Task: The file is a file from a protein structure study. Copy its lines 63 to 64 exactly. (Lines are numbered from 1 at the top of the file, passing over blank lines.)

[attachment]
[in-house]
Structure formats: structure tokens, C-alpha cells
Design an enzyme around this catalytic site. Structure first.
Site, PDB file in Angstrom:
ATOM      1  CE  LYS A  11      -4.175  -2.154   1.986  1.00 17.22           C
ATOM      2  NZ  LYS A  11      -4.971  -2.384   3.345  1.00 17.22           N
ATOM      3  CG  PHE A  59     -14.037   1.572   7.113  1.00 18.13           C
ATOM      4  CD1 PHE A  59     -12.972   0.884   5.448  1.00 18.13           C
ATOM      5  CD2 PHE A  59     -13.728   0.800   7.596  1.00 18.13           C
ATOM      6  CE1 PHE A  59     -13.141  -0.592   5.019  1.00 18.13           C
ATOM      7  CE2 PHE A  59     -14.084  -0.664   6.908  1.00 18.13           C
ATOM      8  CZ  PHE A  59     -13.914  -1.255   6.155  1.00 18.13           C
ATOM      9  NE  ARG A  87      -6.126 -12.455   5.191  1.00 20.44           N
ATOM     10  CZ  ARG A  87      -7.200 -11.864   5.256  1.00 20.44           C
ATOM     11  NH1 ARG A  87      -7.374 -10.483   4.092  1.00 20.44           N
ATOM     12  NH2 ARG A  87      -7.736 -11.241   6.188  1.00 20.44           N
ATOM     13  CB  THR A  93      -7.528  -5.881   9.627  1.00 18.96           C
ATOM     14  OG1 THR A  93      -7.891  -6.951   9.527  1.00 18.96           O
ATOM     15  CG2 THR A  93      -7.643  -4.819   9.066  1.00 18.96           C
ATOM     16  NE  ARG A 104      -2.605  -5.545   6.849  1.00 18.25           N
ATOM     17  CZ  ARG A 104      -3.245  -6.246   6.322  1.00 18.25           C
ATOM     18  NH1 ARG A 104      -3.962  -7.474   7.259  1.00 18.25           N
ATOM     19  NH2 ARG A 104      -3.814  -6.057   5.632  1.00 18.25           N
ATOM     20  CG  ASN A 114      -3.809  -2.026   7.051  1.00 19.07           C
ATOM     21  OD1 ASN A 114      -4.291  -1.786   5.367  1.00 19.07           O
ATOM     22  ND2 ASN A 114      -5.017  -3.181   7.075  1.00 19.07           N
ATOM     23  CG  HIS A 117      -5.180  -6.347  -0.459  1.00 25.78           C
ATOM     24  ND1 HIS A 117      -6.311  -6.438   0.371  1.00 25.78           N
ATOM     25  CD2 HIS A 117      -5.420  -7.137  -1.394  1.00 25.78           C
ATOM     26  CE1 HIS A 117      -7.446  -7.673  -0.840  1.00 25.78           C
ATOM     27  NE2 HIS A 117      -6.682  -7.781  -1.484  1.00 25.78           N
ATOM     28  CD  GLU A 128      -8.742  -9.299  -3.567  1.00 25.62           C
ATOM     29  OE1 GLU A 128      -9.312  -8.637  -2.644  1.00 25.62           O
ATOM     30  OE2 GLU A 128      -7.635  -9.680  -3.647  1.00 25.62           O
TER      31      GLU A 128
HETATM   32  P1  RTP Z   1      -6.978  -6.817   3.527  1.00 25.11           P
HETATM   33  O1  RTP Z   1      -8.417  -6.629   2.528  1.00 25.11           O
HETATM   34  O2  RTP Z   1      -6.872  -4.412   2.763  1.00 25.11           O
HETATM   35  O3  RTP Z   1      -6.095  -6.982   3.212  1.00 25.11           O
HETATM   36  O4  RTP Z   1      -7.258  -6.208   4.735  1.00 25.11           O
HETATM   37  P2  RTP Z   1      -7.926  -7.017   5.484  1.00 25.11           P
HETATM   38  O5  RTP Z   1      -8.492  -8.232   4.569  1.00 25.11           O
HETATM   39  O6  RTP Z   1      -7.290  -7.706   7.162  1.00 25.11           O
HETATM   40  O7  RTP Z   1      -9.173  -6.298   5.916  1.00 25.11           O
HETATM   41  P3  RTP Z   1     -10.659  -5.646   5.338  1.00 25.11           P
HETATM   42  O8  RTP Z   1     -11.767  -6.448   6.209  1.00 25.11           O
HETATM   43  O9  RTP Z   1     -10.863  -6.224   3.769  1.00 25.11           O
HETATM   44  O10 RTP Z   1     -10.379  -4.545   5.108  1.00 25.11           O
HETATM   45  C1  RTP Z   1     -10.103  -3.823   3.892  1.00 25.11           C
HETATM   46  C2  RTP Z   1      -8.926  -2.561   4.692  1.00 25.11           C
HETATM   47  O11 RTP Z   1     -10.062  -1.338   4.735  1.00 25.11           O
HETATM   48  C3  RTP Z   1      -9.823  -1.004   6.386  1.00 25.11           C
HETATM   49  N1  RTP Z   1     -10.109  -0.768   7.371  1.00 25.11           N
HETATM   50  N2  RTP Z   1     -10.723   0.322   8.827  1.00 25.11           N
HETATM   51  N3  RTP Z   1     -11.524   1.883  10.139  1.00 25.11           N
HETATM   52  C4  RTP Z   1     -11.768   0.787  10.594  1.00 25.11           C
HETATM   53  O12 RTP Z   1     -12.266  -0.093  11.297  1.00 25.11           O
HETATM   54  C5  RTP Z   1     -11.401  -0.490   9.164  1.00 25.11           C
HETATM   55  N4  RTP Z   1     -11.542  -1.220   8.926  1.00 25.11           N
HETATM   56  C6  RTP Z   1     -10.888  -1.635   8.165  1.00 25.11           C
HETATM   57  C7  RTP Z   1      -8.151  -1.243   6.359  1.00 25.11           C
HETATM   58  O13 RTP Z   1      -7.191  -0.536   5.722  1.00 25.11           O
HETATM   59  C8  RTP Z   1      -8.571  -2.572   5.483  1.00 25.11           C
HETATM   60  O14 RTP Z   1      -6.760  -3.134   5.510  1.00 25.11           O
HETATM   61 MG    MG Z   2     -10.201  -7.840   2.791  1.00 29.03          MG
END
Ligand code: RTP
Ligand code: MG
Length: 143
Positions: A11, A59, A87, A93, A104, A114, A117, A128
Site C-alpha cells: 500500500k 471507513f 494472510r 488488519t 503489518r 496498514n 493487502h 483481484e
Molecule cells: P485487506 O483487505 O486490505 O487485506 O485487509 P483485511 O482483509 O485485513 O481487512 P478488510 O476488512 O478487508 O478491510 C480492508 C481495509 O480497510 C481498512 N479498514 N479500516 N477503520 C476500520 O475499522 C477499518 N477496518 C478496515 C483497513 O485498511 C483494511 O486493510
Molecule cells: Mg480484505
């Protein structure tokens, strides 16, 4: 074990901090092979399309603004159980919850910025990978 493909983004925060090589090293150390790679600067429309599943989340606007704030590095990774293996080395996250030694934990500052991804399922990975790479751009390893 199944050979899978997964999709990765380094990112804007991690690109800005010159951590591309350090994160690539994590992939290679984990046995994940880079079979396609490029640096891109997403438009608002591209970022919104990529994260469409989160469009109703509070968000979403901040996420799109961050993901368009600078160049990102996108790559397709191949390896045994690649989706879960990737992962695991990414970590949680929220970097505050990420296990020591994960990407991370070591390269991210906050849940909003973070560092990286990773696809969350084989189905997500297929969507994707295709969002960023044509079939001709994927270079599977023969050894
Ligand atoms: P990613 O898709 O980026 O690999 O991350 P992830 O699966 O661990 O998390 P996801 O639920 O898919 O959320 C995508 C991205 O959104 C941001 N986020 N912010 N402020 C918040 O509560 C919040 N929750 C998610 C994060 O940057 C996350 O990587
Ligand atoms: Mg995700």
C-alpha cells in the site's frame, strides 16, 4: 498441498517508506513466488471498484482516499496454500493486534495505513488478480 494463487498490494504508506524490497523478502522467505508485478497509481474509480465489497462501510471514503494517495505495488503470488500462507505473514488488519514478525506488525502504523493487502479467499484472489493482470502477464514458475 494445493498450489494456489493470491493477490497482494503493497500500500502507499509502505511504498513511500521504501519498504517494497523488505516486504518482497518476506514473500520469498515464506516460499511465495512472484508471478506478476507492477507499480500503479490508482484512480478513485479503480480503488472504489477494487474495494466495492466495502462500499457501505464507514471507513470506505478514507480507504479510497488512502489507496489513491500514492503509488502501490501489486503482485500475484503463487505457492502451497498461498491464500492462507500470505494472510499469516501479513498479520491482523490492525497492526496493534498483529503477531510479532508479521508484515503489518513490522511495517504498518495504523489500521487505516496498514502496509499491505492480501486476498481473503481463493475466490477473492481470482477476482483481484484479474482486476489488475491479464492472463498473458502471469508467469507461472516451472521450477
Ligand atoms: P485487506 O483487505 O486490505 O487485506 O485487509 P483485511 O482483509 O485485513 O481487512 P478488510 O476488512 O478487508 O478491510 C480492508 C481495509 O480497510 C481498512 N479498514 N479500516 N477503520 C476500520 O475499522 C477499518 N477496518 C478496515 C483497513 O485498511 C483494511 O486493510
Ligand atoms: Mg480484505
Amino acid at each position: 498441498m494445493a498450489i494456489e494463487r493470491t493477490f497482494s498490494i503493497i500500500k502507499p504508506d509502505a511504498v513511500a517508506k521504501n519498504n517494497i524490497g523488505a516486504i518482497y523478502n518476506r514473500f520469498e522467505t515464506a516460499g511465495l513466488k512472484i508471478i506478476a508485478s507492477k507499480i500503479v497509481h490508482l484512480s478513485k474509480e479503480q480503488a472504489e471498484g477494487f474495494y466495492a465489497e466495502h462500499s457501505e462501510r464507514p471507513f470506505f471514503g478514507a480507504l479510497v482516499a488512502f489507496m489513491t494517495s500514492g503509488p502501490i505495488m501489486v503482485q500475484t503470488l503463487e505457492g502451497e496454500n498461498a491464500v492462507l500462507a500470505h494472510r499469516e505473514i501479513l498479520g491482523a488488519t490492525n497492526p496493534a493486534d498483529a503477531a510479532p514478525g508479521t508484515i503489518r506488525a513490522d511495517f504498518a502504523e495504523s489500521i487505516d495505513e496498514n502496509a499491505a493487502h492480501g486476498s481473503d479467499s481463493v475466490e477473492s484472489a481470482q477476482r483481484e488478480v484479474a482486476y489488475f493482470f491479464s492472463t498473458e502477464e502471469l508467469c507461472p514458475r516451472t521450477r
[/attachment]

HETATM   59  C8  RTP Z   1      -8.571  -2.572   5.483  1.00 25.11           C
HETATM   60  O14 RTP Z   1      -6.760  -3.134   5.510  1.00 25.11           O